The media regularly reports on findings based on neuroimaging studies, but rarely do they explain exactly what these techniques are, their benefits or what it’s like to actually participate in these types of studies. Today I’ll describe what a participant goes through when they volunteer for a cognitive neuroscience experiment using a neuroimaging technique called electroencephalography (EEG). Unfortunately, it is exceedingly common for participants to not understand how these techniques benefit previous behavioral findings. Simply stated, if I were a participant, I’d like to know why I needed to wear a weird swim cap and how it benefits the research being done.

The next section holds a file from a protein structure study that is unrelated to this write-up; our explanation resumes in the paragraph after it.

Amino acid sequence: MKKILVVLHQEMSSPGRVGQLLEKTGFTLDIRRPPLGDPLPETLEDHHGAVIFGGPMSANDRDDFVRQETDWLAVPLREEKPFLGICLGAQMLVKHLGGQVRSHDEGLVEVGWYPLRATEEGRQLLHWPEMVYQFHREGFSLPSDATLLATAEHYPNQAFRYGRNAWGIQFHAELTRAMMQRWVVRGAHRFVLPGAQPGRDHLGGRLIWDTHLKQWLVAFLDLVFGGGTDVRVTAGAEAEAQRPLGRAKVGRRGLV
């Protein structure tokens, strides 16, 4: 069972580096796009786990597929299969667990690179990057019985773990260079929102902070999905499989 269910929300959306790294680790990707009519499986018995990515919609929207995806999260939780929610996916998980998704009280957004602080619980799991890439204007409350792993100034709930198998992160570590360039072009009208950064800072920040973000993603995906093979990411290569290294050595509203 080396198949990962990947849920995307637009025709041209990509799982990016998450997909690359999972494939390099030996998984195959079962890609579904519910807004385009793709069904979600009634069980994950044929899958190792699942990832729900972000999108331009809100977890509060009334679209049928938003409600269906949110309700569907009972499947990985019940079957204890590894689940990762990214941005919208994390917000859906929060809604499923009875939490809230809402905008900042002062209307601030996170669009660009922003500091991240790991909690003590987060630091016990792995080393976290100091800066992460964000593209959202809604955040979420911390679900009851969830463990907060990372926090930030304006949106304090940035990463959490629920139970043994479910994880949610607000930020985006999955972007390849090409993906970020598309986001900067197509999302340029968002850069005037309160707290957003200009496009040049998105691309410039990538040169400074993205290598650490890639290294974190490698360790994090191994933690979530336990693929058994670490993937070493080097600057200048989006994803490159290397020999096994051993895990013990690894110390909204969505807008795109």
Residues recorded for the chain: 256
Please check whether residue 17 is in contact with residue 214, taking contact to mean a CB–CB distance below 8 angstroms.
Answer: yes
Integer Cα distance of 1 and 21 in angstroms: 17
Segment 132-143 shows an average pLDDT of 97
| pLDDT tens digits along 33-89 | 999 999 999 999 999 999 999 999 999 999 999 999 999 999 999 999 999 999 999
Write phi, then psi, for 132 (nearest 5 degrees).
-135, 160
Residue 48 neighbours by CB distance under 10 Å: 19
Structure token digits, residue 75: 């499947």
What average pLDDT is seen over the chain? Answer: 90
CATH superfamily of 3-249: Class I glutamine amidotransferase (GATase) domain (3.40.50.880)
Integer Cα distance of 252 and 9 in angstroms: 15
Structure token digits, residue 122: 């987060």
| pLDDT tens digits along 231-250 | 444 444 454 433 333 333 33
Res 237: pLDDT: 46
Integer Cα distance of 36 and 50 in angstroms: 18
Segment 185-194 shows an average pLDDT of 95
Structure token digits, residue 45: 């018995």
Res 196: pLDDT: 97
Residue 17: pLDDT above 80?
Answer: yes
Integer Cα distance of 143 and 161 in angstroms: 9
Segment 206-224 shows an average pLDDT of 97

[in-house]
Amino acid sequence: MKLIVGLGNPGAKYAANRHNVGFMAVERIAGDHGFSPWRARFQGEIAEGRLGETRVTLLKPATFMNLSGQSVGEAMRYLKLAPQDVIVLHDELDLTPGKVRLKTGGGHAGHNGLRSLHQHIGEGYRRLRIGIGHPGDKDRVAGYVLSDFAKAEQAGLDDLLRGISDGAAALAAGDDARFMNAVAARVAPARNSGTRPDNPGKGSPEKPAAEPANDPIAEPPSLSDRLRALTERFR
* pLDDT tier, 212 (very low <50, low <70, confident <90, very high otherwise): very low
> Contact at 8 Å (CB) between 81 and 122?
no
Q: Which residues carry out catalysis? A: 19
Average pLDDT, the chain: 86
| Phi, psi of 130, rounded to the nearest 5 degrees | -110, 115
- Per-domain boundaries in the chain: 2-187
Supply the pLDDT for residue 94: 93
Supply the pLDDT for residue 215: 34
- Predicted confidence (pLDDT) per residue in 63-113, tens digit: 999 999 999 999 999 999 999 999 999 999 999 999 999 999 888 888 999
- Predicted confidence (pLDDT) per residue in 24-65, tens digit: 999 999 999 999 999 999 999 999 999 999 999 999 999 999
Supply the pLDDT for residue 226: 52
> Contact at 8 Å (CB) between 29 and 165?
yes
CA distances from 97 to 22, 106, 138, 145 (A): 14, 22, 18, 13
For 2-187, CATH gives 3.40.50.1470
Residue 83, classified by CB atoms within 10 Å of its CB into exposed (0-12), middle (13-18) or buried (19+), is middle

EEG is a tool regularly used to view and record the changes in brain activity involved in the various types of cognitive functions while performing a task. [Read more…] about The value of neuroimaging techniques (and what those squiggly lines mean)